Archive for the ‘Styles’ Category

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Spellcheck is useless against real words with different meanings

February 1, 2019

An example of where spellcheck is useless, and where you need human eyes to check your work before it goes out. I received a letter today from an Australia-wide company that conducts hearing checks. At the bottom of the letter was this set of boxes. I spotted two major errors straight away that spellcheck wouldn’t pick up (and no, one of them wasn’t ‘tick’ — Australians use ‘tick’ more than ‘check’ when referring to boxes, though a ‘the’ wouldn’t have gone astray in that instruction).

The errors I picked up were ‘everyday’ instead of ‘every day’, and ‘know’ instead of ‘no’. Neither instance would have been flagged by spellcheck. The message here — get someone else to check your work before it goes out to a national audience!

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There’s always a word for that: tmesis

December 23, 2018

I learned a new word a few weeks back. It’s a word that describes another word/phrase, and is ‘tmesis/ (pronounced teh-MEE-sis).

So what does it describe? Well, according to Australia’s Macquarie Dictionary, it’s a noun that describes the ‘separation of words that constitute a compound or construction by the insertion of other elements’.

Macquarie gives these examples: kangabloodyroo or a great man and good instead of a great and good man.

Personally, I prefer the more Aussie colloquialisms like ‘abso-f***-lutely’ or ‘fan-bloody-tastic’. However, I think there’s probably a rule for its use within another word, and I think that rule might relate to the number of syllables of the surrounding word. Of all the words I’ve tried in my head, the only time tmesis really works is with a word of at least three syllables. But not all words of three or more syllables work. ‘Fan-ta-stic’ works, but ‘brill-i-ant’ doesn’t’; ‘ab-so-lute-ly’ works, but ‘gen-er-ally’ doesn’t; ‘un-be-liev-able’ works, but ‘un-us-ual-ly’ doesn’t.

According to Merriam-Webster and Wikipedia, the origin of ‘tmesis’ is Greek, meaning to cut. And its usage was first recorded in the mid 1500s, so it’s been around a while.

 

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Microsoft Style Guide

February 15, 2018

The online (and free) Microsoft Style Guide (https://docs.microsoft.com/en-us/style-guide/welcome/) has been released. It replaces the previous Microsoft Manual of Style, a ‘must have’ style guide for those working with online text — user interfaces, online help, etc.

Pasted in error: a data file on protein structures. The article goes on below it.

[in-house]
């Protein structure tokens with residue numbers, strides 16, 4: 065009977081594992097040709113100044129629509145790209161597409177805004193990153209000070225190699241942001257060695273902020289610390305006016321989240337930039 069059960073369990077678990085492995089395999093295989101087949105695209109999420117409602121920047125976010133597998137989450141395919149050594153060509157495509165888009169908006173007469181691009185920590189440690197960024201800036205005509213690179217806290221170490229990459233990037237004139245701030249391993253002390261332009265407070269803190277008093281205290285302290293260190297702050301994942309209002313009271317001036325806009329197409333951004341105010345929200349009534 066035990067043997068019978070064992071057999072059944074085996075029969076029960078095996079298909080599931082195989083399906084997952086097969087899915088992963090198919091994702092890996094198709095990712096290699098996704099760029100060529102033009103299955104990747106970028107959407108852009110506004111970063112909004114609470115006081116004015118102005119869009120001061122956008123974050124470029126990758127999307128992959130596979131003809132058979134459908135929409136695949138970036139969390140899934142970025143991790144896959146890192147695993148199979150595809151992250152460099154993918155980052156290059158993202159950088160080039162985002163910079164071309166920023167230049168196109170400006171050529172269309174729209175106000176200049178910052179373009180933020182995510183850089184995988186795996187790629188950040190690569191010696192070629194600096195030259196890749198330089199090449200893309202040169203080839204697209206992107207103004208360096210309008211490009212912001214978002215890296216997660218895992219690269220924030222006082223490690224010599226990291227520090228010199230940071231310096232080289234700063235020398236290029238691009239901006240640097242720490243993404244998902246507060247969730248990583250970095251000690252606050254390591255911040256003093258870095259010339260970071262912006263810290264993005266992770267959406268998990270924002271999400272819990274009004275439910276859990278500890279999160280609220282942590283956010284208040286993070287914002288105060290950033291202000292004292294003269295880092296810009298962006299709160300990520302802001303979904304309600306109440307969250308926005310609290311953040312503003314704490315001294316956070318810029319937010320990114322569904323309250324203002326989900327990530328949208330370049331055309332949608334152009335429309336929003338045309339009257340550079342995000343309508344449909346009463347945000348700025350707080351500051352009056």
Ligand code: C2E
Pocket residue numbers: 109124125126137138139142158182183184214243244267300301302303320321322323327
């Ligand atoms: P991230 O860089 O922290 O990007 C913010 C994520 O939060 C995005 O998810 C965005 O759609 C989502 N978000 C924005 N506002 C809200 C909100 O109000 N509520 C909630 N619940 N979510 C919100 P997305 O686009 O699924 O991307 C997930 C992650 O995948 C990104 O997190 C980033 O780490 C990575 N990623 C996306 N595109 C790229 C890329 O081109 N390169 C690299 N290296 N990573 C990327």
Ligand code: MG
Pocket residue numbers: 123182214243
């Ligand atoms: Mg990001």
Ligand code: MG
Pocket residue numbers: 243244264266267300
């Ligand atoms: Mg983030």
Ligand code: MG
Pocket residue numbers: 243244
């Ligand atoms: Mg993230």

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Google Developer Documentation Style Guide made public

September 8, 2017

Google recently made public its style guide for developer documentation. You can find it here: http://developers.google.com/style/

At a quick glance, it offers up some clear, plain language information on how to treat various punctuation and wording. I particularly liked their overall recommendations regarding date and time formatting: http://developers.google.com/style/dates-times. Why? Because formatting that looks like this — 1/6/2017 — can be misinterpreted by readers as either January 6 or June 1, depending on where in the world you live or were educated.

[Links last checked September 2017]

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Naming names: part 2

April 15, 2016

There’s a reason you should use quite different first and middle names for your children AND use names that are different from their parents/grandparents… Your descendants ancestors searching records for genealogical information will thank you for it!

Below is an image of the information I found in some South Australian records — I’ve confirmed the names and years of birth based on the parents’ names, but I can’t confirm dates of marriage/death etc. as there are SO many names the same, or variations of the same names! What a mess!

johann

Note the names of the parents… and then the names of the children. Note also how there are male and female variations of the same name (Johann/Johanna/Johanne and August/August), and repetitions (brothers: Johann Freidrich and Johann Friedrich William; father and son: Johann Gottlieb; mother and daughters: Johanna Caroline, Johanne Caroline, Caroline). Some of the repetitive names may have been the result of infant deaths, but it’s very hard to confirm this with so many names the same.

It’s possible that ‘Anna’ was christened ‘Johanna’ based on the pattern here. I think Maria and Hermann got off lightly.

See also:

[Links last checked April 2016]

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Don’t rely on spellcheck

November 5, 2015

I’ve said it before, and I’ll say it again — a spellchecker won’t save you if the word you’ve typed incorrectly is a real word in its own right.

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See also:

[Links last checked November 2015]

 

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Plain language writing

October 29, 2015

Last week I presented a session titled Plain language writing: Tips for delivering complex messages to a general audience at the inaugural Perth Business Writers’ Conference.

The full deck of slides (but not the exercises) and the plain language alternatives handout are available on my website: http://cybertext.com.au/10490.htm

[Link last checked October 2015]